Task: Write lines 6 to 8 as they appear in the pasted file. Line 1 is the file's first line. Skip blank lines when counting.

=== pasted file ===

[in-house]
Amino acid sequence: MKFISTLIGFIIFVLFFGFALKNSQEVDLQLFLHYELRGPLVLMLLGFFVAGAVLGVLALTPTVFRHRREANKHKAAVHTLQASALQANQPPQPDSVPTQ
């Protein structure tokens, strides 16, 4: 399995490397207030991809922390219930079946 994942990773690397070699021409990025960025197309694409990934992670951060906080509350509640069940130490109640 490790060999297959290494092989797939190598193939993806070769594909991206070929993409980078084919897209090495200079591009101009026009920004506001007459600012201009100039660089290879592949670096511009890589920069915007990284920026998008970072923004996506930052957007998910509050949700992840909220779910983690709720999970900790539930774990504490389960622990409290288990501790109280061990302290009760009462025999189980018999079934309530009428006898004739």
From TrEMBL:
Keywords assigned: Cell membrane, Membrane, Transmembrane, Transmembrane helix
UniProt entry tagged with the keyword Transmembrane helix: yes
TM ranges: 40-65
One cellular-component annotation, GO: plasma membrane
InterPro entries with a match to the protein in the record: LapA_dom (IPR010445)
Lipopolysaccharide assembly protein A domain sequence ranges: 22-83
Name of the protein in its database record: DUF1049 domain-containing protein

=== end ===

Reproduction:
UniProt entry tagged with the keyword Transmembrane helix: yes
TM ranges: 40-65
One cellular-component annotation, GO: plasma membrane